I realize it’s a bit of a chiché to name James Bond as a style influence, but in my case it is completely honest and true. Watching those early Bond films on VHS with my father definitely had an effect on me. And I’m fairly certain that others reading this post have had a similar formative sartorial experience via Mr. Bond.
James Bond of the Connery vintage was especially known for wearing a light grey suit and I’ve wanted that suit for myself for quite some time. In order to get it completely right, it was most important to consider the fabric.
Bond was always well-dressed, no matter what the climate. Often you see him in his signature light grey suit in tropical climates. This is achieved (comfortably) with what is known as a “tropical weight” wool, or fresco fabric as it is known. Fresco is such a great warm-climate fabric because it has a high twist. What that does is give the fabric a very open weave, which in turn makes it quite airy, allowing the breeze to blow freely through it, making you feel cooler.
A bonus result of the high twist and open weave is that the fabric is somewhat coarse, giving it a very interesting feel in the hand as well as the appearance of texture. This inevitably increases the suit’s versatility, especially when you are thinking of breaking it into separates.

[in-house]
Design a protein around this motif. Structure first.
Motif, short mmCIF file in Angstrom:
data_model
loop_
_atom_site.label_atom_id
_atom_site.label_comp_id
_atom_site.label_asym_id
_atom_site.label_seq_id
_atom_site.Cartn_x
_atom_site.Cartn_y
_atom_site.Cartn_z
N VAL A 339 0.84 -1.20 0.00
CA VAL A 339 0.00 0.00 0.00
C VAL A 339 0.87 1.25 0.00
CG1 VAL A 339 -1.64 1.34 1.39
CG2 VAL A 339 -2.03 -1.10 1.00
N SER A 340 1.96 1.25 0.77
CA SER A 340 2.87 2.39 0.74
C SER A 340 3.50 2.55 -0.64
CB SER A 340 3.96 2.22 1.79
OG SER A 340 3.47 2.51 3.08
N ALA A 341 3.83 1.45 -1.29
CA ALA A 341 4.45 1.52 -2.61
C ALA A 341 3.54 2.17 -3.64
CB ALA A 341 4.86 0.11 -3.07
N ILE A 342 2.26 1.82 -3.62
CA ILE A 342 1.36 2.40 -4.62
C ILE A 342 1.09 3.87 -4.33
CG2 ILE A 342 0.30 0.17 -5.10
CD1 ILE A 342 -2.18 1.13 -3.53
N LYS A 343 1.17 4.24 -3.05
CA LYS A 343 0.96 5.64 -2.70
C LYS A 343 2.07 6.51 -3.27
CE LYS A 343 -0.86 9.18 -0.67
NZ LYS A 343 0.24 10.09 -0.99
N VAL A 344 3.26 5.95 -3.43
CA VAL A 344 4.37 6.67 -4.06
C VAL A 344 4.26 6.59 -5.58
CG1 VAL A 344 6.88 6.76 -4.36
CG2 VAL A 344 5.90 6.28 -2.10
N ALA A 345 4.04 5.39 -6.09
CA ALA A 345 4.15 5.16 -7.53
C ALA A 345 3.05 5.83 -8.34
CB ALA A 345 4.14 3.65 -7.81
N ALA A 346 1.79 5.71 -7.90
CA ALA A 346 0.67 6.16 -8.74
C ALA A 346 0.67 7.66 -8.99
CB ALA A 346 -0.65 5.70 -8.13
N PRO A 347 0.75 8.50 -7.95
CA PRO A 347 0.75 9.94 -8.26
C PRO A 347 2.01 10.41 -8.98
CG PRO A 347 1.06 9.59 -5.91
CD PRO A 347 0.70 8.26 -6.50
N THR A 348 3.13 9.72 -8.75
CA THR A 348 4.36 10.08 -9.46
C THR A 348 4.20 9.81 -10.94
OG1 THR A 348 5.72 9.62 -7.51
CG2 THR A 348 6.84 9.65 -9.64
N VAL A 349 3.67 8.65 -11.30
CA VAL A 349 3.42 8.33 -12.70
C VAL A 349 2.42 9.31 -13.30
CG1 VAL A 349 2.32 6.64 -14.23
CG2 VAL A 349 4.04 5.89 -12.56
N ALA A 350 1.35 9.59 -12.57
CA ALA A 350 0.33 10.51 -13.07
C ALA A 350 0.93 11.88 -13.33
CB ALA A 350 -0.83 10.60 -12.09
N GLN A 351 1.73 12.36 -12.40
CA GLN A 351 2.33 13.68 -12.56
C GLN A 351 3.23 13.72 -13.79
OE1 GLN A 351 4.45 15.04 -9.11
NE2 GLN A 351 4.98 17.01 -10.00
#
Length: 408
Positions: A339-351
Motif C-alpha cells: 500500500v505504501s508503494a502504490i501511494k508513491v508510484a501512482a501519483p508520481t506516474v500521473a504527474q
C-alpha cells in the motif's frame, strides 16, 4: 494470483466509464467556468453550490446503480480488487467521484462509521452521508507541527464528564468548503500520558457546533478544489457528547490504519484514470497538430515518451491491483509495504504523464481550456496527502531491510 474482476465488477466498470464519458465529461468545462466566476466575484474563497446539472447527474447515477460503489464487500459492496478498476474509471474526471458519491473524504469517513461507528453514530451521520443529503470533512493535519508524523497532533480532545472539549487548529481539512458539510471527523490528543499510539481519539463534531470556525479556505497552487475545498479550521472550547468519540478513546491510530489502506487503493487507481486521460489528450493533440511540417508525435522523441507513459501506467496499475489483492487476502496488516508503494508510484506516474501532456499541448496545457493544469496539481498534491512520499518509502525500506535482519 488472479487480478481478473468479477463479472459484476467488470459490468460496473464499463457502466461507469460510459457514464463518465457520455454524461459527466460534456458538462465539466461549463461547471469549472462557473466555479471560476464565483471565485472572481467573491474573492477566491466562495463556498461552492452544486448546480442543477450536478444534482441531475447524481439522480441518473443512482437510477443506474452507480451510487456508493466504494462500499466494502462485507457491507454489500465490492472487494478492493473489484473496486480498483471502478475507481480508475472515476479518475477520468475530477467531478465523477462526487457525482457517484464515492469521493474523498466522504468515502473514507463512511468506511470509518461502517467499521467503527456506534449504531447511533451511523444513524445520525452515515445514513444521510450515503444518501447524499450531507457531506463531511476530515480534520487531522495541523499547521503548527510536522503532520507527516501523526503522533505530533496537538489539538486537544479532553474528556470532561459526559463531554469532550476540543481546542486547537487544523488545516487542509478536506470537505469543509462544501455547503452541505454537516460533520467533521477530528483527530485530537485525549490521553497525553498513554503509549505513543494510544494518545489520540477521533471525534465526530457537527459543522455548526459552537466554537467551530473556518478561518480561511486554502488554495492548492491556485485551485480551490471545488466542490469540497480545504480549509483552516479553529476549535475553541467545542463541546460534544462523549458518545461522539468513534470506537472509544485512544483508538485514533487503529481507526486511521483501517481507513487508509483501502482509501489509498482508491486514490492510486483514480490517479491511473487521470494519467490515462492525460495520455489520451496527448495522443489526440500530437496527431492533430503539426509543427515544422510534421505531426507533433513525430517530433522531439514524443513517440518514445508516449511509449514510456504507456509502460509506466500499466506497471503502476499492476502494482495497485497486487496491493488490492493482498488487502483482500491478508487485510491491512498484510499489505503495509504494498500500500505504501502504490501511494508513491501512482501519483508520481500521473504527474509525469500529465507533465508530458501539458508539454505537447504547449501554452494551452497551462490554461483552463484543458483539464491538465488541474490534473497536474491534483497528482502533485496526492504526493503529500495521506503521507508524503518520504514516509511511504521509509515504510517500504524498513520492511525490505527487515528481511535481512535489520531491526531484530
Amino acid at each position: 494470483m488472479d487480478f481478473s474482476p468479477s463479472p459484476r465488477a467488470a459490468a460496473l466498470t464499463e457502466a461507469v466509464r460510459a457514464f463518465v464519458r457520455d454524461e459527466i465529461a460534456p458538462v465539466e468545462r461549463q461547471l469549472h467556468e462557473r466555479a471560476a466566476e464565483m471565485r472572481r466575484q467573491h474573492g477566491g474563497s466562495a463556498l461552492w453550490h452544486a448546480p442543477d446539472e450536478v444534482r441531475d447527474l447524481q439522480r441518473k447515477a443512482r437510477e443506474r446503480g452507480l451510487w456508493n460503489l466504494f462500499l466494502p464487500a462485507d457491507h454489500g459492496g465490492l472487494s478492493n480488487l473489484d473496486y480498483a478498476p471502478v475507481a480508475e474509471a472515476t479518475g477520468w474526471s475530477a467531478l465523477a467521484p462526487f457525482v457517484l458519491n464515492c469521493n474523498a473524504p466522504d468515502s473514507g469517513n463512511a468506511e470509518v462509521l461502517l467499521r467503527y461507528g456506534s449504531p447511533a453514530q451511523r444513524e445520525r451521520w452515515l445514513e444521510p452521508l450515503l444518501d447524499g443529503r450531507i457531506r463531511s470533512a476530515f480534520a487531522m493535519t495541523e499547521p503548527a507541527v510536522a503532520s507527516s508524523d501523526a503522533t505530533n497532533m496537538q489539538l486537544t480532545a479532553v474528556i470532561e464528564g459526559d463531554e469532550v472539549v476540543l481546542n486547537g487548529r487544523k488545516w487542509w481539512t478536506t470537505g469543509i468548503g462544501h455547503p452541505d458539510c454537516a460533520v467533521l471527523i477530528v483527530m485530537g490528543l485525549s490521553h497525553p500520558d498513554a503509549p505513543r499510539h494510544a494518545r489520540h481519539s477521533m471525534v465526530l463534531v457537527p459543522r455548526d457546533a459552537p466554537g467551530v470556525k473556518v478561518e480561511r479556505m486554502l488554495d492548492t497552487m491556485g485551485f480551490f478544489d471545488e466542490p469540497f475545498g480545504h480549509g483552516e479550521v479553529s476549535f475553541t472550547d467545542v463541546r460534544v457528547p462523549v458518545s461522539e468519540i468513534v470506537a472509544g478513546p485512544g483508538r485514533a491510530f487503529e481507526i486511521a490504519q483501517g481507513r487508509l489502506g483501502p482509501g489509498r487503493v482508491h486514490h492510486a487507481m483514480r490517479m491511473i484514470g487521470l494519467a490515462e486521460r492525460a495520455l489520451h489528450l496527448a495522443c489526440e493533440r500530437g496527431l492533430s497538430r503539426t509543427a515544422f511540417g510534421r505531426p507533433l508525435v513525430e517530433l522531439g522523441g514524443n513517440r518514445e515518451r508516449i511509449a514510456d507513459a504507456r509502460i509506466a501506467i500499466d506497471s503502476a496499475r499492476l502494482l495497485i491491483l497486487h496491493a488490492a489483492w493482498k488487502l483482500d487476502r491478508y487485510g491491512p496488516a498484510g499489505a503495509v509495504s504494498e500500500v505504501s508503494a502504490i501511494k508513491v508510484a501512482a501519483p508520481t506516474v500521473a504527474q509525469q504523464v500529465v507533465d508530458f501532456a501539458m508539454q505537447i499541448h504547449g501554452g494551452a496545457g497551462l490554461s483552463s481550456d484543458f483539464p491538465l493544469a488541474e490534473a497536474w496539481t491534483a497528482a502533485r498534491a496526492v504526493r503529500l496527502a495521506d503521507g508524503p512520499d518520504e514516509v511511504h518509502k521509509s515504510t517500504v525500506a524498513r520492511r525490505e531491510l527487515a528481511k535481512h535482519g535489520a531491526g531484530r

But let’s get back to the British spy portion of this post, particularly how James Bond like to style his light grey fresco suit. As a sartorial classicist, you are most likely to see Mr. Bond style his suits extremely simplistically. Often tonally, as I’ve done here. The perfect Bond shirt and tie combo with a light grey suit is as follows: white shirt, mid-grey to charcoal tie.
While black shoes often reek of formality, somehow when paired with a light grey suit they don’t seem quite as stuffy, while still adding some gravitas. They also complete the tonal spectrum–white, light grey, charcoal, black–and provide the most solid anchor to this look that you could ask for.
Well, now that I’ve got the suit, all I need is the Aston Martin!
Thanks for reading.